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EAT’M founder reflects on conference’s effect on Las Vegas

It’s been 15 years since the last Emerging Artists and Talent in Music conference, but the event’s founder and producer, Lisa Tenner, can still see its effect on Las Vegas.

The music conference kicked off in 1998 and was the first of its kind in Las Vegas, Tenner said, bringing together 150 artists, 10 keynote speakers 34 panels and 98 sponsors.

EAT’M preceded several other music conferences and festivals in Las Vegas. The Pollstar Concert Industry Consortium moved to Las Vegas in 2000, the Academy of Country Music Awards in 2002 and music festivals like the Electric Daisy Carnival, which arrived in 2011.

The conference was a success. Twenty-four bands were signed to major labels after the first EAT’M, including names like Slipknot, Papa Roach and Michelle Branch, she said.

While Tenner said EAT’M was the greatest accomplishment in her career, pulling it off wasn’t easy. She put in 80 hours of work each week for the conference, working seven days a week.

But Tenner was used to hard work.

Career beginnings

Tenner, born and raised in Los Angeles, worked alongside big names from an early age. Her father, Morris Ratner, promoted boxer Muhammad Ali through United World Enterprises in the early ’60s and owned restaurants in California that were frequented by celebrities.

Tenner grew up dancing ballet and performed annually with the New York City ballet from the age of 10 to 20. But her father persuaded her to leave dance and enter the business field. She studied accounting and psychology between 1968 and 1971 at the University of California, Los Angeles, and later joined the stock brokerage firm Goodbody and Co.

After trying out a career in TV and radio as a business manager, she decided she wanted to be in the music industry and joined business manager Ed Silver in 1983 before joining management firm Nanas, Stern, Biers, Neinstein and Co. She went on to start her own firm in 1989.

One of the few female business managers in the Los Angeles at the time, Tenner would often take on tasks other employees wouldn’t. Like the time she took off on a plane for Texas after receiving a phone call from her manager, Steve Barnett, around midnight. A client needed a new tour manager, and Barnett wanted her to go to Texas immediately to hire a new one.

“I did more than the average business manager. I got highly involved,” Tenner said. “I did whatever it took to help make my client successful. I couldn’t guarantee their success, but I would try to make them successful and keep their brands going.”

Toward the end of her career in business management, Tenner had worked with an impressive list of names, including Toto, Jane’s Addiction, Warrant, KORN, Soundgarden and the Monkees.

Impact on Las Vegas

By the mid-1990s, she was ready to take the next step in her career and personal life. She moved to Las Vegas in 1994 to marry her husband, Mark, and shortly after redirected the focus of her company, Tenner and Associates, to branding and marketing.

Only four years after the move, Tenner began to make her mark on the city.

After attending the South by Southwest music conference in Austin in 1997, she came away thinking of all the ways the conference could improve.

“You can’t showcase 900 bands over the whole city in a week. They’re not going to get signed,” she said. “I told my girlfriends … I think I can do it better than they can. I can make it better, I can make it stronger.”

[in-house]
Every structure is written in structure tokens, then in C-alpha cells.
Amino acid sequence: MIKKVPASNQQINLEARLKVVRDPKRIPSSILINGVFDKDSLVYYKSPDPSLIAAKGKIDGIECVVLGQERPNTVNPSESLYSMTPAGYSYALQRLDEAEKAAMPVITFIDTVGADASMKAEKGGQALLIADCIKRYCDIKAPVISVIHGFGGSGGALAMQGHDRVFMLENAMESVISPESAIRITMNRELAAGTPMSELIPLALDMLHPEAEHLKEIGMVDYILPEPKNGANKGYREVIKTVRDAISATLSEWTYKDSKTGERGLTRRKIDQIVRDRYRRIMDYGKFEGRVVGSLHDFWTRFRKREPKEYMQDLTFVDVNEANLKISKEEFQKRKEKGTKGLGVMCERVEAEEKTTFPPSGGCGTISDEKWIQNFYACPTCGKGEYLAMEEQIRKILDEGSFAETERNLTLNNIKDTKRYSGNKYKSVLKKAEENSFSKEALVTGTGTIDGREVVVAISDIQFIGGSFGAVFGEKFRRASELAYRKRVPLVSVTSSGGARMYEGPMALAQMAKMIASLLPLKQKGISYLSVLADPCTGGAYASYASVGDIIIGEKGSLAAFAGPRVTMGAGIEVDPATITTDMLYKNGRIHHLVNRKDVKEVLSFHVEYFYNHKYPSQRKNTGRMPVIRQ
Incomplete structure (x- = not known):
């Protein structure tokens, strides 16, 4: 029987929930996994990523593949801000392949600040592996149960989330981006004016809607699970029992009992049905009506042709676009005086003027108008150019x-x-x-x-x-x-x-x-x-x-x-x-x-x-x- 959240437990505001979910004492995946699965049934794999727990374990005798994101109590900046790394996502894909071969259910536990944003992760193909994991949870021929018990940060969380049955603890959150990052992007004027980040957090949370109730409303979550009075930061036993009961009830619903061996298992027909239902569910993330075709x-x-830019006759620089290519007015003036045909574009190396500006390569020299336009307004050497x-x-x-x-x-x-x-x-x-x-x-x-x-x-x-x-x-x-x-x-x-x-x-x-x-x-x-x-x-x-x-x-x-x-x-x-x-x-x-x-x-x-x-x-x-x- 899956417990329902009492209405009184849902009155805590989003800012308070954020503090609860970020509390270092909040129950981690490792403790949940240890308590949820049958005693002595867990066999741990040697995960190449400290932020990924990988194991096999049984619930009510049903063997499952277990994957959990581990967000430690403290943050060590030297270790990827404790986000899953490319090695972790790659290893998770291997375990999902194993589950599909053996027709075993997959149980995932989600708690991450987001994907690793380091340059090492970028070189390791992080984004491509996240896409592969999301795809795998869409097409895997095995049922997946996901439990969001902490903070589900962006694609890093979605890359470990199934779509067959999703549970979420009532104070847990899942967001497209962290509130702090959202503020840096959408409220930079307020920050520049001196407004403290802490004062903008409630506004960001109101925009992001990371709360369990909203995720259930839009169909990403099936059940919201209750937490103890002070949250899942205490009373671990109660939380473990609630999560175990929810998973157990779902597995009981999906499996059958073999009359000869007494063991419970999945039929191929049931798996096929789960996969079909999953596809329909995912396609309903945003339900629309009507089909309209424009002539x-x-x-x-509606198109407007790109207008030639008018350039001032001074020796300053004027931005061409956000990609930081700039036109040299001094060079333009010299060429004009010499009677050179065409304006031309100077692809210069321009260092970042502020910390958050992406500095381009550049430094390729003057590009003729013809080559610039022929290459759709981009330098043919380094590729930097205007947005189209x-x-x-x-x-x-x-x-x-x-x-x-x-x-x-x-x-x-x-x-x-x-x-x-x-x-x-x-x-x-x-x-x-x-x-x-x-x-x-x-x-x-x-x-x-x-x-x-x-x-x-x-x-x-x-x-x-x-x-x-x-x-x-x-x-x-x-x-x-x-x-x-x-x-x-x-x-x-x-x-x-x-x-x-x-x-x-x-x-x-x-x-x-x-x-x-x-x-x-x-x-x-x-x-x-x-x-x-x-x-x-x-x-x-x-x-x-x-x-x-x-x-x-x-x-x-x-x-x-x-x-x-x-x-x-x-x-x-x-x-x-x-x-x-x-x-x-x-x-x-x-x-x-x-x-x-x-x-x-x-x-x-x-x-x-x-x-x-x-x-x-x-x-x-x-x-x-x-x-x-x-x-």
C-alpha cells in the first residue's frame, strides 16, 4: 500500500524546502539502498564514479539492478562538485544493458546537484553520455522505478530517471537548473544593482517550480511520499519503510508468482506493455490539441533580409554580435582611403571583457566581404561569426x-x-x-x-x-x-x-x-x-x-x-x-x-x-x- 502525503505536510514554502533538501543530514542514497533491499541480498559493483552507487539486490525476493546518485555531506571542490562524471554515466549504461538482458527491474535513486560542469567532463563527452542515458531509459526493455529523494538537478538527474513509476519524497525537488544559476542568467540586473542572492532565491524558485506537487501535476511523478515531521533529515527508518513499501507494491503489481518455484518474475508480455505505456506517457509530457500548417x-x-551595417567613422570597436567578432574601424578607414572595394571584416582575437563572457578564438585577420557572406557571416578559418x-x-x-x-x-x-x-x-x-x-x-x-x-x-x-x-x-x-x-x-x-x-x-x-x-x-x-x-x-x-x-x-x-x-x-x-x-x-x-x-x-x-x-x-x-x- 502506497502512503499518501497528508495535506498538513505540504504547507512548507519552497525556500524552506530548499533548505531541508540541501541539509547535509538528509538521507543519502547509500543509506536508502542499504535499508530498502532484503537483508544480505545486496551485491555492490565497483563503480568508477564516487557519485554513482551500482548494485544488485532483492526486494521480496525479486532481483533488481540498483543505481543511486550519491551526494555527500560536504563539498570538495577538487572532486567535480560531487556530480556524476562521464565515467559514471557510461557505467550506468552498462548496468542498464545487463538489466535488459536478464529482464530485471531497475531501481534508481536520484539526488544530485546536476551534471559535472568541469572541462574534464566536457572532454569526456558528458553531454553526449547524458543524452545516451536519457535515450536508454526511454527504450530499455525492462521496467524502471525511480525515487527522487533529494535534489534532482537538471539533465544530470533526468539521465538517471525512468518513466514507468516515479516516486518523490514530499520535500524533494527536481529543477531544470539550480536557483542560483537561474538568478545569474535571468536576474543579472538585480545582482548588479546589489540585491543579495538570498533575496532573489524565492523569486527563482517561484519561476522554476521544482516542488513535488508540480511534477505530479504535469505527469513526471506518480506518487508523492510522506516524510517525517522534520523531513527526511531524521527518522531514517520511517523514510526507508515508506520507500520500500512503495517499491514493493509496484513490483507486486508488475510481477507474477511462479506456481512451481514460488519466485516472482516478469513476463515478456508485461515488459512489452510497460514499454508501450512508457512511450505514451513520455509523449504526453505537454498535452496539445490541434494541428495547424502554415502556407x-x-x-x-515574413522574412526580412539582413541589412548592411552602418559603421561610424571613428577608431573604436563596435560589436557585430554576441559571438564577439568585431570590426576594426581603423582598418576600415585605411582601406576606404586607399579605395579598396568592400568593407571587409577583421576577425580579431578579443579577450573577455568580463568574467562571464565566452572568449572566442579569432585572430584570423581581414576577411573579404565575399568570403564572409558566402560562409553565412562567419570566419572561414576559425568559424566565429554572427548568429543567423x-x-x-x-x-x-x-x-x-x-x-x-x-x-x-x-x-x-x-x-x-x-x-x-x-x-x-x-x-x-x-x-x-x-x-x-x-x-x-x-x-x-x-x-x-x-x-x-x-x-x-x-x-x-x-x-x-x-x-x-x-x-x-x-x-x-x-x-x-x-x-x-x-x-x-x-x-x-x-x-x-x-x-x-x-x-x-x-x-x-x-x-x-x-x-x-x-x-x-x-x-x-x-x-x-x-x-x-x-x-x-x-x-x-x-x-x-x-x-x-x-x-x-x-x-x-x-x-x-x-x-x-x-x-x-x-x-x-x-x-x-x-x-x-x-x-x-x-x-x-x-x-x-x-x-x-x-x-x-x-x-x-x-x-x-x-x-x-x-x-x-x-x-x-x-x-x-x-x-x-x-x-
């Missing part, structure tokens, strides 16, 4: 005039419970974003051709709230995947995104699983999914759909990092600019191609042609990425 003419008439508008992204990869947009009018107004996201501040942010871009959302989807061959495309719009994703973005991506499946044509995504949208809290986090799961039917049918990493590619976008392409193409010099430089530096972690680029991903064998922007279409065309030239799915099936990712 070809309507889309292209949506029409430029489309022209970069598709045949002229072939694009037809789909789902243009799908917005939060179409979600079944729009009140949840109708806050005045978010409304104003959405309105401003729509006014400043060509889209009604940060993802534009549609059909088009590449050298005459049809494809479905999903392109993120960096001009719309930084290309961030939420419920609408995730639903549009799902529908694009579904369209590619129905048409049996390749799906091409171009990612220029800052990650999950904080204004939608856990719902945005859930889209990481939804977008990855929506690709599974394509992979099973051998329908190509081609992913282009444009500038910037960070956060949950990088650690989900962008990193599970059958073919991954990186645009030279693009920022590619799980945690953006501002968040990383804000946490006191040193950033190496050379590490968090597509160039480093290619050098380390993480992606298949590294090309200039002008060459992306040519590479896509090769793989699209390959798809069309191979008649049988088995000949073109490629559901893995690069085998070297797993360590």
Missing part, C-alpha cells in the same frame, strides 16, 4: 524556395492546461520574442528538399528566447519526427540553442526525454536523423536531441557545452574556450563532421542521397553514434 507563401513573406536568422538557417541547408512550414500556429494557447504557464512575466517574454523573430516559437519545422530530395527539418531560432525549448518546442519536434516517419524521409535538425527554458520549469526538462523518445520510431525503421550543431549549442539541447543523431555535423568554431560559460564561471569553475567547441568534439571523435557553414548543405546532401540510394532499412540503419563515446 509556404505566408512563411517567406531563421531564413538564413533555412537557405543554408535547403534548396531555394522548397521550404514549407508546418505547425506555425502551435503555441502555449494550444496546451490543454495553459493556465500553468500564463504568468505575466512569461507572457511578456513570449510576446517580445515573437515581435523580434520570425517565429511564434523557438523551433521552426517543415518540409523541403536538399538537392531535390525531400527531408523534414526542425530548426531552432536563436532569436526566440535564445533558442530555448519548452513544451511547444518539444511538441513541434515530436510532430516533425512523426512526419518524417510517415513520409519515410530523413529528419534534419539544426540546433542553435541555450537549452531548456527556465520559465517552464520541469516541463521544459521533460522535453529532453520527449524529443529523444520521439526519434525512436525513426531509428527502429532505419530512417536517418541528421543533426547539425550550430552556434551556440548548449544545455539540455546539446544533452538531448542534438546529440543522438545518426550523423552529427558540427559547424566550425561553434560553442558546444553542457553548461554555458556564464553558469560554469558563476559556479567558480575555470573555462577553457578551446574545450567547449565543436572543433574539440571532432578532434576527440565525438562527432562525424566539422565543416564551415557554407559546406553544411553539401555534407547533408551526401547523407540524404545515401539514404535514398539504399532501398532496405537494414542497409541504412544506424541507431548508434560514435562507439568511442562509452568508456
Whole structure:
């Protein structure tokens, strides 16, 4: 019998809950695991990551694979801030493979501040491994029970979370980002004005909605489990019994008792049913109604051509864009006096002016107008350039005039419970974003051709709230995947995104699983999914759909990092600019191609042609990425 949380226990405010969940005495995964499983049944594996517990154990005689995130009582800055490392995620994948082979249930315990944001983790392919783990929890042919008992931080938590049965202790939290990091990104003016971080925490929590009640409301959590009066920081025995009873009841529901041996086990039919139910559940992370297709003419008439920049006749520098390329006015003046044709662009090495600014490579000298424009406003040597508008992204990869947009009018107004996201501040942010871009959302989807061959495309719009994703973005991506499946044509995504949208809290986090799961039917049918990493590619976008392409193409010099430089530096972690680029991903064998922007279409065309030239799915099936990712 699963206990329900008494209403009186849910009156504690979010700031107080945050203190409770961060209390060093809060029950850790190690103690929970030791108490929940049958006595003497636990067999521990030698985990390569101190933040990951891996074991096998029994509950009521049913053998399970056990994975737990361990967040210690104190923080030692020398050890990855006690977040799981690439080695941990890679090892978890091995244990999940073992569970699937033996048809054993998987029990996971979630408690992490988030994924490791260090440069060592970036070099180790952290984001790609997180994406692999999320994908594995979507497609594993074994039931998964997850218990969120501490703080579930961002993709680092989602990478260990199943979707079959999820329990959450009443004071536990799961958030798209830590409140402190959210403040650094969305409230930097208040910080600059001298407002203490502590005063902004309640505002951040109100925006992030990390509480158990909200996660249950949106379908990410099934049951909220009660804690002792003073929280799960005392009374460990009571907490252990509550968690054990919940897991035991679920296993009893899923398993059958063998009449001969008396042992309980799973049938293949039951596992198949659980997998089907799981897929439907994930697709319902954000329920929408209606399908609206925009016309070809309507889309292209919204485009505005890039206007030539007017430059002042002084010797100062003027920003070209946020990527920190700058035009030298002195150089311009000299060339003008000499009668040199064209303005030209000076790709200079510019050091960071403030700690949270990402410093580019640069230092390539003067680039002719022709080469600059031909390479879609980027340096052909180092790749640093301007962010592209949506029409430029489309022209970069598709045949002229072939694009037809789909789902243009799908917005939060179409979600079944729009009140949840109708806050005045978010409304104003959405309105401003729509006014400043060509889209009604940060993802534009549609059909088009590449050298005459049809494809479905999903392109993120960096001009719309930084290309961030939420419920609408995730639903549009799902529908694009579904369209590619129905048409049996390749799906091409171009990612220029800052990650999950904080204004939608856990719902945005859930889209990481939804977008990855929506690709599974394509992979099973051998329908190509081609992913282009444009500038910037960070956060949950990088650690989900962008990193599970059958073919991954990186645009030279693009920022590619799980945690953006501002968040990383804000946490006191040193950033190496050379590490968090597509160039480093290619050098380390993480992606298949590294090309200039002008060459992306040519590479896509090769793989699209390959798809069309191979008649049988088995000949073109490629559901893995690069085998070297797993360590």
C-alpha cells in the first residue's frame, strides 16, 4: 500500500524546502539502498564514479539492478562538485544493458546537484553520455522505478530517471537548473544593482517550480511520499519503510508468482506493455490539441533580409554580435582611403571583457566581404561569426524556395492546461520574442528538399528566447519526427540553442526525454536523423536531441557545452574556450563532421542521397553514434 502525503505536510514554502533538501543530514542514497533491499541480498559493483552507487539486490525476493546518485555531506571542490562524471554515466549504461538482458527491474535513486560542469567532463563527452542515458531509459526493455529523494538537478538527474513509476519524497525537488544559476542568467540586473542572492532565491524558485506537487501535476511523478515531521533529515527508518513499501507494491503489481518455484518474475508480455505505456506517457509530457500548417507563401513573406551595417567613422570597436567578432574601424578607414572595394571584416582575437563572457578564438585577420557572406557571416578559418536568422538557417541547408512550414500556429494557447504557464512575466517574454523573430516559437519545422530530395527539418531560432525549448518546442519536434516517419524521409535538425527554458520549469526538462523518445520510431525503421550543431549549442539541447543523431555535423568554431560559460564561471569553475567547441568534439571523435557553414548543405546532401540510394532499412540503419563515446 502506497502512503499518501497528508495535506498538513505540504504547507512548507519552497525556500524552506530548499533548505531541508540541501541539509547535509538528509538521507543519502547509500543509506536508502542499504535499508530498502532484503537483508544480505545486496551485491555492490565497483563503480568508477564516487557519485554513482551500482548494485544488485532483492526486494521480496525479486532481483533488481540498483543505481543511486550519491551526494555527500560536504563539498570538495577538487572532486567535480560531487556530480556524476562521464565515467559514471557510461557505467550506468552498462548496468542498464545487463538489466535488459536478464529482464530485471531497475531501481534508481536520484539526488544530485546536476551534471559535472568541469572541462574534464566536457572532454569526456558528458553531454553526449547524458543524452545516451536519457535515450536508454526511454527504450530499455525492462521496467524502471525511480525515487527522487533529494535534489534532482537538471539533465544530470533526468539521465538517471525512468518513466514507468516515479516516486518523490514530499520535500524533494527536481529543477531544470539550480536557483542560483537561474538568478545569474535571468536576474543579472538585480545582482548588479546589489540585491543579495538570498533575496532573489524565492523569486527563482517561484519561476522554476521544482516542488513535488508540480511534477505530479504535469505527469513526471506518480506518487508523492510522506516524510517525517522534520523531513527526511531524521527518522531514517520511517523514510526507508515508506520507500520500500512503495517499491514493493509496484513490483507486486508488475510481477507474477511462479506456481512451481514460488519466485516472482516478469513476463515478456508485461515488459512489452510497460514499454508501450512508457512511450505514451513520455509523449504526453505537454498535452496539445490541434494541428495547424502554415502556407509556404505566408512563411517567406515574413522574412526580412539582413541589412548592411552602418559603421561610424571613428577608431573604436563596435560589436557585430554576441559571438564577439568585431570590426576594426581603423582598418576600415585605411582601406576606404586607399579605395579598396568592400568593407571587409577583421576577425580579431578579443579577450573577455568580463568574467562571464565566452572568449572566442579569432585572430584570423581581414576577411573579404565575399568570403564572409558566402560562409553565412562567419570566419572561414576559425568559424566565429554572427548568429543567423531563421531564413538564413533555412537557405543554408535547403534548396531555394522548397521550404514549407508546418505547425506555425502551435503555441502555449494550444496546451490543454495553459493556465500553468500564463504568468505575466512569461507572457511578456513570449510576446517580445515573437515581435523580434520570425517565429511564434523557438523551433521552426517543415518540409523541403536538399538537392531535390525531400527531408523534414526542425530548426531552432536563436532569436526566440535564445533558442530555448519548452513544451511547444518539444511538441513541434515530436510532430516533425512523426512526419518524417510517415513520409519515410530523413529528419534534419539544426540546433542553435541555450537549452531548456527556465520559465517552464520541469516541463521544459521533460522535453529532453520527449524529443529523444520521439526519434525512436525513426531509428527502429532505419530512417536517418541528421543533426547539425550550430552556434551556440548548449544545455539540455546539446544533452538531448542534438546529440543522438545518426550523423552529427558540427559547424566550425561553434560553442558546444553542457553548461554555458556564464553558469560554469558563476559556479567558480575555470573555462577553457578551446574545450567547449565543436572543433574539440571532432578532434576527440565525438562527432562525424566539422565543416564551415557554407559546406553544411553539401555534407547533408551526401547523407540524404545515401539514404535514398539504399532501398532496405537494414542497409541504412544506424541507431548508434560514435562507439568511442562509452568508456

And so EAT’M was born in 1998, featuring famed record producer George Martin as the keynote speaker.

“My objective (with EAT’M) was to put this city on the map to break artists,” Tenner said. “There’s talented people all around the country, all around the world … That’s why we did EAT’M. So we could bring the people here that we need to see.”

The conference ran for four years, skipping 2001 and ending after 2002.

Tenner said the growing size of the conference would make it lose its intimacy, and the increasing popularity of downloaded music was changing the face of the industry.

Since EAT’M, Tenner has seen the Las Vegas’ entertainment industry flourish.

“I think that Vegas has now cemented itself firmly as the entertainment capital of the world, undoubtedly,” she said, pointing to the success of venues like The Smith Center for the Performing Arts and the T-Mobile Arena.

While Tenner was the event’s founder and producer, she credits many others for helping the conference come to light, including former Lt. Gov. Lorraine Hunt, former Nevada Govs. Bob Miller and Kenny Guinn and former Las Vegas Mayor Oscar Goodman.

“I went to the people who believed in me,” Tenner said. “A team of people can change the (Las Vegas) landscape.”

Although she has taken a step back from the music industry, Tenner is still working hard in the Las Vegas entertainment industry.

Her branding and marketing company, Tenner and Associates, has turned its focus toward the poker industry and film and TV, including the Emmy award-winning PBS program “Biz Kid$.”

Hunter Hopewell, 21-year-old filmmaker who considers Tenner a mentor, said Tenner’s success has stemmed through her dedication and personal connections.

“She knows how to get things done quickly,” he said. “Anything you need, she always knows somebody.”

For Tenner, there’s one word that she attributes to the success in her career: persistence.

“You have to be persistent,” she said. “It can get very exhausting, but it does work. … Don’t ever take no for an answer.”

Contact Bailey Schulz at bschulz@reviewjournal.com or 702-383-0256. Follow @bailey_schulz on Twitter.

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